We wonder out loud about the necessity of men—do we really need them? We’re only half joking. After dinner, Leslie heads off to drink whiskey at home, like a true lady. I retreat to my bed at Open Sky Zion.
The luxury campsite is tucked away on the cusp of Zion, with 13 tents serving as one- to two-bedroom suites. There’s only one restaurant onsite that’s open for dinner, so stock up on groceries (there’s a fridge, microwave, and grill in each tent) before arriving. The quiet at camp is refreshing—cell service is a little fickle, urging you to be in the moment.
By the time this story is published, I’ll have just turned 40 and will be entering a new season. My solo desert adventure was exactly what it needed to be—a farewell to the past and to him. After four decades of life, today feels like just the beginning. I’ve made it over the hill (and up a mountain), and damn if it doesn’t look good over here.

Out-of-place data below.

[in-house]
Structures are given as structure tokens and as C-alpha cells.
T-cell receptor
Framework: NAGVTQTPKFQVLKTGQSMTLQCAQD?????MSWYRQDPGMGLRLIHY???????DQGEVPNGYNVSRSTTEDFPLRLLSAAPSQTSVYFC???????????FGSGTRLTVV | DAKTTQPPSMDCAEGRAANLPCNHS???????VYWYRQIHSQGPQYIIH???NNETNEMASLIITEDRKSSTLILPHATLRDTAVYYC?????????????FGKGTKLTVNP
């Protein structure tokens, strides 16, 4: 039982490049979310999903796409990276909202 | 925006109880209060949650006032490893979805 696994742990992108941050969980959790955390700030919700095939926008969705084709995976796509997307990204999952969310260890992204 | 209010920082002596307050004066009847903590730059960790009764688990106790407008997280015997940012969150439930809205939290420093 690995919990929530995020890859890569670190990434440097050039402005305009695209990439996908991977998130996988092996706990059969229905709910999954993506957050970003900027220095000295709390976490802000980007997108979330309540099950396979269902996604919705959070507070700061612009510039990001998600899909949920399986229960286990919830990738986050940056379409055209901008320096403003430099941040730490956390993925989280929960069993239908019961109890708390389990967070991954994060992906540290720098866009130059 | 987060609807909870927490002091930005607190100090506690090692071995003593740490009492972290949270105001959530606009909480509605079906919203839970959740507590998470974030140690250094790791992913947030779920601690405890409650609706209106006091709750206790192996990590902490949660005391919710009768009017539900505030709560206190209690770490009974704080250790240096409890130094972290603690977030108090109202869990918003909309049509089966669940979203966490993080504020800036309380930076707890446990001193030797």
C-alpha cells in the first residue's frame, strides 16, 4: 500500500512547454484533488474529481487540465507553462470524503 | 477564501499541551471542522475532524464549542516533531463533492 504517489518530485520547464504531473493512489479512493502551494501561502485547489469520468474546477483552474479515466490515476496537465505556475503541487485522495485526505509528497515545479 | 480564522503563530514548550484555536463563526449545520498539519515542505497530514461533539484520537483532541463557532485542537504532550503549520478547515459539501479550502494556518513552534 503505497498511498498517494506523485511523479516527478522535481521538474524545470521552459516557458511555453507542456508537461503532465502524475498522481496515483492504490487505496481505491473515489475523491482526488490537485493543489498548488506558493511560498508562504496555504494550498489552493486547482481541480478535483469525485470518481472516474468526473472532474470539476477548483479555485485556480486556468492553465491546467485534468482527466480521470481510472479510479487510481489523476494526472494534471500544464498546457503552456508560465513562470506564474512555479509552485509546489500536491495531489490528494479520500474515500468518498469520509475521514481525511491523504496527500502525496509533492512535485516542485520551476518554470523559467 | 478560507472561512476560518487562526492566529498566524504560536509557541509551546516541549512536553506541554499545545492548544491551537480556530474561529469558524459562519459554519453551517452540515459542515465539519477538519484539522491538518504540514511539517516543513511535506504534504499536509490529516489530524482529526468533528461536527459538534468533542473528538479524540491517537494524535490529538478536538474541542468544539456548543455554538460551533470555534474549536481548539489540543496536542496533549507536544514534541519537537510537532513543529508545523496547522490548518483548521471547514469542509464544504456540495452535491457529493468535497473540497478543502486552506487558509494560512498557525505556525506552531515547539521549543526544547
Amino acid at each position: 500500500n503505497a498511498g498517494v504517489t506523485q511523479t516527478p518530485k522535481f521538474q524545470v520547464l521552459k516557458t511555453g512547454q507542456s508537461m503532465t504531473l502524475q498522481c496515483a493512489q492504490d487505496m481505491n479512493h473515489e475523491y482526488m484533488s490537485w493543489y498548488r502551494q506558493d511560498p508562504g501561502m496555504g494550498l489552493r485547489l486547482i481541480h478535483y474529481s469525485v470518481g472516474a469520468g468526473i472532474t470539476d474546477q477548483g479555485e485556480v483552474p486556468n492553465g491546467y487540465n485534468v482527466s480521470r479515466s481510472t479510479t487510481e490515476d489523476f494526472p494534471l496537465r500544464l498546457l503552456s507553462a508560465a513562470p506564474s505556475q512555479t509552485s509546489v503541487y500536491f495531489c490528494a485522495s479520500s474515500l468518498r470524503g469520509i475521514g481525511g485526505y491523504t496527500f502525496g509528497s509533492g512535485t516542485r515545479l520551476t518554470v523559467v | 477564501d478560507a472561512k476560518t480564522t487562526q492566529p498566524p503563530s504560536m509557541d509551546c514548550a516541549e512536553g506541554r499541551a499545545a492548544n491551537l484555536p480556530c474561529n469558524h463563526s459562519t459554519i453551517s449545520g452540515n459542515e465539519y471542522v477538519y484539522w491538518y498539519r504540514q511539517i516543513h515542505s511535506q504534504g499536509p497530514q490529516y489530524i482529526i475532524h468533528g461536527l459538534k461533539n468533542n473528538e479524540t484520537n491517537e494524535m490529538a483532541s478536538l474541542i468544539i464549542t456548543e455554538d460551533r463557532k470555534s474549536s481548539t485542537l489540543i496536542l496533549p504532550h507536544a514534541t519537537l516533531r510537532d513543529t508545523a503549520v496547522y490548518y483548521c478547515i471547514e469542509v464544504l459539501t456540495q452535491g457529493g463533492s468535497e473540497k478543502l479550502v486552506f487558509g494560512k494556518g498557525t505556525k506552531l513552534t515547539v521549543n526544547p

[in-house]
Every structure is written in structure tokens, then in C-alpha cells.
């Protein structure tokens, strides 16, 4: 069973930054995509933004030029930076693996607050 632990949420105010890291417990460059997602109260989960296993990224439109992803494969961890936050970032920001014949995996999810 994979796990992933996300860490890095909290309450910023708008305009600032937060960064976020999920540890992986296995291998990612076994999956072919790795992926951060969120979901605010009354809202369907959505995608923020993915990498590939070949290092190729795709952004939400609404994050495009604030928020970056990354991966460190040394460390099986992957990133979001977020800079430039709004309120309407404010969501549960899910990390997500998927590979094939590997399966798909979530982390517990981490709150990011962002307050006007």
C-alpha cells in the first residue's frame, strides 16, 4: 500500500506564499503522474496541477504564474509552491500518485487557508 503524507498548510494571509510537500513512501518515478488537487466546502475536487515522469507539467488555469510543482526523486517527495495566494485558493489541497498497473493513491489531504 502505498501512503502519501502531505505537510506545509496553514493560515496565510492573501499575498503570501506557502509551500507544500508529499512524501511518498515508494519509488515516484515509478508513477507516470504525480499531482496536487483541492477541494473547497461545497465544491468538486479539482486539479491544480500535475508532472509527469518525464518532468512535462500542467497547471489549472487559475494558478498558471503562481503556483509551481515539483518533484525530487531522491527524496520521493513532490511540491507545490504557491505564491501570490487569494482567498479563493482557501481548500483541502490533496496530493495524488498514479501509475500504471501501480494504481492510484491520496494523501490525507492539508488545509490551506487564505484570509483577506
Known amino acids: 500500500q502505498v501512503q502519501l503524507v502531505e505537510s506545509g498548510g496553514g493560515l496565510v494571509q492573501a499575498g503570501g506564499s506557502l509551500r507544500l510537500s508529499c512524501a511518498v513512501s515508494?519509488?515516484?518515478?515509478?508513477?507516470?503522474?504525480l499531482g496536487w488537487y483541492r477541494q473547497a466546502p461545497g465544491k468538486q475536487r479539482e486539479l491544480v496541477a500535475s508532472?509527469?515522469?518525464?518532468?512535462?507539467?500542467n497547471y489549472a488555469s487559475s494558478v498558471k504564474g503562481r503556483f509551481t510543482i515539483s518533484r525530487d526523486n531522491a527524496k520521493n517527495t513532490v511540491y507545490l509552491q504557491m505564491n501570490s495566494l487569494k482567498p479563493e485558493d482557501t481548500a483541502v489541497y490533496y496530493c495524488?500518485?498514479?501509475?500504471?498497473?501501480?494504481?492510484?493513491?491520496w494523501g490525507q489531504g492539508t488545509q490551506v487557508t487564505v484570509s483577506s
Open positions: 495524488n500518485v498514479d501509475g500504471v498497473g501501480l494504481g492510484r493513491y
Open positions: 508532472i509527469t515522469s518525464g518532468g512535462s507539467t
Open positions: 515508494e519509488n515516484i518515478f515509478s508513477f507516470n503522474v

Rock Climbing Grade Levels
Climbing grades are subjective but can typically be categorized as the below (with letters a–d adding more specificity to numbered grades):
Intermediate: 5.10a–d to 5.11a–d
Advanced: 5.12a–d to 5.13a–d
Pro: 5.14a–d to 5.15a–d
Rock Climbing Terms
Crag: A rugged cliff or rock face
Crimp: A very thin edge that’s only large enough for the tips of your fingers
Crux: The most difficult section of a climbing route
Footholds: Small edges you can stand on with your toes or feet
Foot Smear: The act of using friction to gain vertical ground by pushing your climbing shoe directly against the rock
Sport Climbing: A form of free climbing that involves a lead climber clipping into pre-drilled permanent bolts as they summit a rock
Top Rope: A form of climbing that allows a climber to scale a wall via an anchored rope at the top